The Princeton teams pose for a group photo at Estadio Panamericano in Havana, site of the 1991 Pan American Games.
The Princeton teams pose for a group photo at Estadio Panamericano in Havana, site of the 1991 Pan American Games.
Office of Athletic Communications

The August reopening of the U.S. embassy in Havana signaled a new era in American diplomatic relations with Cuba. Two months earlier, Princeton track and field athletes made their own goodwill visit to the island, a nine-day trip that included two exhibition meets and several opportunities for cultural exchange.

The tour, more than a year in the making, included 77 students, coaches, and staff. Men’s coach Fred Samara and women’s coach Peter Farrell worked with Global Exchange, an organization that specializes in “people-to-people” travel. They also received valuable advice from Dean of Religious Life Alison Boden and Professor Stan Katz, both of whom have traveled to Cuba multiple times.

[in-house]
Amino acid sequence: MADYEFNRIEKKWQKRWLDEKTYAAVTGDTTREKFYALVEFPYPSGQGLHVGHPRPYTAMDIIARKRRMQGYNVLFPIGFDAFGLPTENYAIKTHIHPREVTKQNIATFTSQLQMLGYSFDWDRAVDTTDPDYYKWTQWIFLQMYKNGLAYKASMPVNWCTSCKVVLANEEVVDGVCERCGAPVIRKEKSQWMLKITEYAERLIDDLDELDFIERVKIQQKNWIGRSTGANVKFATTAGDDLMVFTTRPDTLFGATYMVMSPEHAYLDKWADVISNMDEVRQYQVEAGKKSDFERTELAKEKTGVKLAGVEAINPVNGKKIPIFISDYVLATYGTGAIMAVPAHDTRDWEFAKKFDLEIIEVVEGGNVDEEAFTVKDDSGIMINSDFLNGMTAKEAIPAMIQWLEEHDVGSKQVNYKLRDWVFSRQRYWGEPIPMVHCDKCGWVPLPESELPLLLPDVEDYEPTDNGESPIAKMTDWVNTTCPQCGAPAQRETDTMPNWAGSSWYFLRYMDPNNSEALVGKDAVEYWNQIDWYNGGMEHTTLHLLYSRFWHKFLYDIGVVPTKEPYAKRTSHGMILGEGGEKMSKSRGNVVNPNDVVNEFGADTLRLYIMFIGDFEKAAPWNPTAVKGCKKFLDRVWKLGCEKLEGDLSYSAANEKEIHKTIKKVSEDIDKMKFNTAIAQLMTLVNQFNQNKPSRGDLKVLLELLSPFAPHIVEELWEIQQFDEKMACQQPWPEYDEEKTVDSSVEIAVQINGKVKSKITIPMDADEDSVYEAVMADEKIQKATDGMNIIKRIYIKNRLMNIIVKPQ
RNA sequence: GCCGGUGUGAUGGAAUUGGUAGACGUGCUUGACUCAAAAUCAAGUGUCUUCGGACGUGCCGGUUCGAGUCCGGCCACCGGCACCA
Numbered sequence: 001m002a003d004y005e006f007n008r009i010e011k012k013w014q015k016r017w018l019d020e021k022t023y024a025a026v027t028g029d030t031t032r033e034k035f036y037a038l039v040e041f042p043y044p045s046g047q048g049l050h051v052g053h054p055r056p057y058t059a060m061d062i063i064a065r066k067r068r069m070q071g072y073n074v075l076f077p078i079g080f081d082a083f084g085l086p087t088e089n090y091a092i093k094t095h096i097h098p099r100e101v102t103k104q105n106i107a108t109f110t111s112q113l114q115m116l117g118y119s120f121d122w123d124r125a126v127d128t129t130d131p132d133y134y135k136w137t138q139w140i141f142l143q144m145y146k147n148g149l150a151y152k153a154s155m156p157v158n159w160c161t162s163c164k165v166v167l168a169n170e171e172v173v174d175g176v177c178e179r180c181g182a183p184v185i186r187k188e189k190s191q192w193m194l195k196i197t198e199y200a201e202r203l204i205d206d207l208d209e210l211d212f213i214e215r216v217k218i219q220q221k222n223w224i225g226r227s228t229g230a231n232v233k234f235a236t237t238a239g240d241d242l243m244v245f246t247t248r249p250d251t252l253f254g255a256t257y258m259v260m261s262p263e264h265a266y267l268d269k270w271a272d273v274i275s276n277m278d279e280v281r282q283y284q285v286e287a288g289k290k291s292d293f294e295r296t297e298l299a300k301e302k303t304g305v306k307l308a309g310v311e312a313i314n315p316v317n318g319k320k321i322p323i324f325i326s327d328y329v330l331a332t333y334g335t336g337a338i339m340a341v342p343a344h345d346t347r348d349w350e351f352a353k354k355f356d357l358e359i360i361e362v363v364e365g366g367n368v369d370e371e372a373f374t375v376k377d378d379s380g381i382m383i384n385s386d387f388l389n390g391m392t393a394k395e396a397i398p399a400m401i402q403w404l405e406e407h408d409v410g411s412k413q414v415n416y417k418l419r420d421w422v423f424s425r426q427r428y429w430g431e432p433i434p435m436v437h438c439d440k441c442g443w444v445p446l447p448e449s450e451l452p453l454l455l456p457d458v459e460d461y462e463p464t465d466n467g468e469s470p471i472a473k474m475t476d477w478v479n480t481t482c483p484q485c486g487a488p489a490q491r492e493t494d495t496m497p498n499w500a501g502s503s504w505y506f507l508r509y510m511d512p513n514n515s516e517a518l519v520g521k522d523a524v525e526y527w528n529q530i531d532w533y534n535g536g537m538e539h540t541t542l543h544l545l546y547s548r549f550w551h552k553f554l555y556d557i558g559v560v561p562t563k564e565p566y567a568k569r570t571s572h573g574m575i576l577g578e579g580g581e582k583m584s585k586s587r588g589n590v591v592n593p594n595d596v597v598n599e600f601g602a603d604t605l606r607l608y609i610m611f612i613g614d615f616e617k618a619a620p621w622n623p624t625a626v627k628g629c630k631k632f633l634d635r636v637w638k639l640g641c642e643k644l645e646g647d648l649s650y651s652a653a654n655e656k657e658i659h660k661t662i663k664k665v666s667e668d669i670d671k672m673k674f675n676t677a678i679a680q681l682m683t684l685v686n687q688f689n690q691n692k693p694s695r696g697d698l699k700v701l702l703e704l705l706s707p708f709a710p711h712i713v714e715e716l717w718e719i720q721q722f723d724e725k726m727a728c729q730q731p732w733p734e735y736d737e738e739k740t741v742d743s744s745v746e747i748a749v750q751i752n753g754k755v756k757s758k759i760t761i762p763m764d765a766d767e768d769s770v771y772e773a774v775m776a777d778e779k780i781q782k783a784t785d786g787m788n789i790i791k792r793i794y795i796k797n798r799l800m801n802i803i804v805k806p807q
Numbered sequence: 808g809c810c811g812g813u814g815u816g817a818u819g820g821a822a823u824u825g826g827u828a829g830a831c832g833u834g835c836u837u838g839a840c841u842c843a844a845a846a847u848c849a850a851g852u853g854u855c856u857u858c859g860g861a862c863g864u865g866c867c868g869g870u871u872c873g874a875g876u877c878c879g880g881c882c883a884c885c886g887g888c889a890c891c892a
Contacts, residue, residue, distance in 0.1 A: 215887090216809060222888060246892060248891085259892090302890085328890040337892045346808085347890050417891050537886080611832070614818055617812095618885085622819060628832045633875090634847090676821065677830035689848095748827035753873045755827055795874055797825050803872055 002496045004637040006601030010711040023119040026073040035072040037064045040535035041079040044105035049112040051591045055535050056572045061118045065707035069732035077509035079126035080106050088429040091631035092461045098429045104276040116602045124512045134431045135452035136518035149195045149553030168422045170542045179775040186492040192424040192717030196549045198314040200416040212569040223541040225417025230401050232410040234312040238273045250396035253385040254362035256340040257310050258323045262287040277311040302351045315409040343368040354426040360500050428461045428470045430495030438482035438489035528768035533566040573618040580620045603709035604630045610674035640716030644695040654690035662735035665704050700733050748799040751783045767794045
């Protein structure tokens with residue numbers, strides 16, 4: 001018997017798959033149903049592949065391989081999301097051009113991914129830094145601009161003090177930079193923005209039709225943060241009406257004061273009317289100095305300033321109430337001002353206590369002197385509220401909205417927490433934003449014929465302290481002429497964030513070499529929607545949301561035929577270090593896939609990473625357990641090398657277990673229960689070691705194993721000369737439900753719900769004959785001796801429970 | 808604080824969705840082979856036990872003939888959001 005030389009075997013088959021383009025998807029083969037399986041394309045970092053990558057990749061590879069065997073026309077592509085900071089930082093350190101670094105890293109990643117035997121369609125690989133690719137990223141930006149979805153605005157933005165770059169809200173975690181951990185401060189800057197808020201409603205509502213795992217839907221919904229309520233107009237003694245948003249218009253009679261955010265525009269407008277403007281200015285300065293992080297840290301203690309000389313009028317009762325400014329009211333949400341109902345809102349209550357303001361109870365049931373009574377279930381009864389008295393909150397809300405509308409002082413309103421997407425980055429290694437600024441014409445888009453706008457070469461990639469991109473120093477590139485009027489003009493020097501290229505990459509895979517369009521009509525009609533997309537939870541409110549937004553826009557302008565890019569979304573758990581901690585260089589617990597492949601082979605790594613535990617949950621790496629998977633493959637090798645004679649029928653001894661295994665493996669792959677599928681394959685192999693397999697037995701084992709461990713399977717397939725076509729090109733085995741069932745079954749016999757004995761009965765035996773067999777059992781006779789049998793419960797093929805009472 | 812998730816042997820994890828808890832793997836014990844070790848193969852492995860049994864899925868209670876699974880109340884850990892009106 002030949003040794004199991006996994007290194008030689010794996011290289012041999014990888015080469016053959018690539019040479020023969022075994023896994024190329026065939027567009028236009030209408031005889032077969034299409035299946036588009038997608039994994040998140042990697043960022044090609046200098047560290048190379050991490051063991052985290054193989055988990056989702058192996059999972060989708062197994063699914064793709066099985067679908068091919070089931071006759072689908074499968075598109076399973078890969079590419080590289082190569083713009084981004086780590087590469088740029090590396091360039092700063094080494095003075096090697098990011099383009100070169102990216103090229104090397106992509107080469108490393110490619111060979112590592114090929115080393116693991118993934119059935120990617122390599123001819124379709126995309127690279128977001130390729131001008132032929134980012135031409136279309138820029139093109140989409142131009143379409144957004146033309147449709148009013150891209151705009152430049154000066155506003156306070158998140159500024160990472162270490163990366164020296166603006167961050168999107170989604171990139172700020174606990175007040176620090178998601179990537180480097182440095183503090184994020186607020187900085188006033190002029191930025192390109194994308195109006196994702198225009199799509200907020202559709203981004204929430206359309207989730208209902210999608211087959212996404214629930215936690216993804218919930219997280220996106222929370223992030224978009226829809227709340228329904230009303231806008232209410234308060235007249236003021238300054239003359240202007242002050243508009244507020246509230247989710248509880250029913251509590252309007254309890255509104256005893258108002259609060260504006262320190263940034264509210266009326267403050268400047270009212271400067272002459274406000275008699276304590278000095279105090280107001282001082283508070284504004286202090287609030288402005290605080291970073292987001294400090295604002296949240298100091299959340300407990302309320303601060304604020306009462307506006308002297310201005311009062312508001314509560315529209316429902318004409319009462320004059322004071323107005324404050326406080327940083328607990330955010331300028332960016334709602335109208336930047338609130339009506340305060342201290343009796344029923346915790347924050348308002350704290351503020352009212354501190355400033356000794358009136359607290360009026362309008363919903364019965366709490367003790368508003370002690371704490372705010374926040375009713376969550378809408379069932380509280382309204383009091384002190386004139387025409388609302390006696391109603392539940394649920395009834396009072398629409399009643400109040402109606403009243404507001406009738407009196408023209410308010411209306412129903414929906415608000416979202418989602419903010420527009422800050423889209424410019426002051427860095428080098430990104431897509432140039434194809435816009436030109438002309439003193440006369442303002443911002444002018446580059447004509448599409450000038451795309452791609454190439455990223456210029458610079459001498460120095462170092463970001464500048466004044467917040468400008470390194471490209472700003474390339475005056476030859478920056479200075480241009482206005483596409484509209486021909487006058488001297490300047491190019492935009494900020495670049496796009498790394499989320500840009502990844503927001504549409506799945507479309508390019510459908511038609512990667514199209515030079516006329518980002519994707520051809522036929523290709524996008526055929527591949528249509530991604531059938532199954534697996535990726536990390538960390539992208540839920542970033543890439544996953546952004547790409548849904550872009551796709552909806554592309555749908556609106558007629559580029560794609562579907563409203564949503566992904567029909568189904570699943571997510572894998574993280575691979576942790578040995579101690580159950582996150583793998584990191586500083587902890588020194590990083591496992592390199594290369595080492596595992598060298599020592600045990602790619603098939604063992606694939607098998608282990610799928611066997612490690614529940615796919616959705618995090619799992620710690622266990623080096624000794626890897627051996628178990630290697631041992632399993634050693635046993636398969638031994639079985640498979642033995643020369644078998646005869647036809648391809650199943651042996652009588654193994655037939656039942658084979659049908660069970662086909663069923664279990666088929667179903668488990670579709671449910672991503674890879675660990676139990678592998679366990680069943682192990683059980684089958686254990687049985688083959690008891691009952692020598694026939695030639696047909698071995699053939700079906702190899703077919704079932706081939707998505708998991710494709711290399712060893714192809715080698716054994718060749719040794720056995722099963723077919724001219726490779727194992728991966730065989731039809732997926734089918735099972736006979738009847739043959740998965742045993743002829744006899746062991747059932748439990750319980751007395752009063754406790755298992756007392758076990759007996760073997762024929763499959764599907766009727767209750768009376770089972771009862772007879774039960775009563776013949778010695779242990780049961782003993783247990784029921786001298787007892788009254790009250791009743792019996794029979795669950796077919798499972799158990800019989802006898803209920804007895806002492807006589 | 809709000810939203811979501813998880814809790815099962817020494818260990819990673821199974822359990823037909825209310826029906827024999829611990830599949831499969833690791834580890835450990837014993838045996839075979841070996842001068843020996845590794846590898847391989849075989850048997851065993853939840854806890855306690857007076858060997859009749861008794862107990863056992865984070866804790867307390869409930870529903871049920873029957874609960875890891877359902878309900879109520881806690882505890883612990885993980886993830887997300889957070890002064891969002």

Samara said that the trip was different from previous team visits to China and Greece. “There was quite a bit of meeting the local people, and particularly the local young people,” he said.

For co-captain Cecilia Barowski ’16, the highlights of the trip were visits to neighborhoods, including one that hosted a block party and potluck dinner for the Princeton travelers. Most of the Cubans they met chatted about everyday life; few mentioned politics or the role of the government.

At the first exhibition meet, Barowski bonded with a former Cuban national-team sprinter, Nelkis Casabona. Though they came from different backgrounds and are at different stages in their careers — Casabona, a 2012 Olympian, has retired from international competition, while Barowski hopes to begin running professionally after college — they shared “the same kind of commitment and the same drive,” she said.

Seeing the amount of tourism and new construction in Havana, the Princeton group realized that it was watching what could be a transformational period for Cuba. In five years, the country may look quite different. “It’s a once-in-a-lifetime trip,” Barowski said.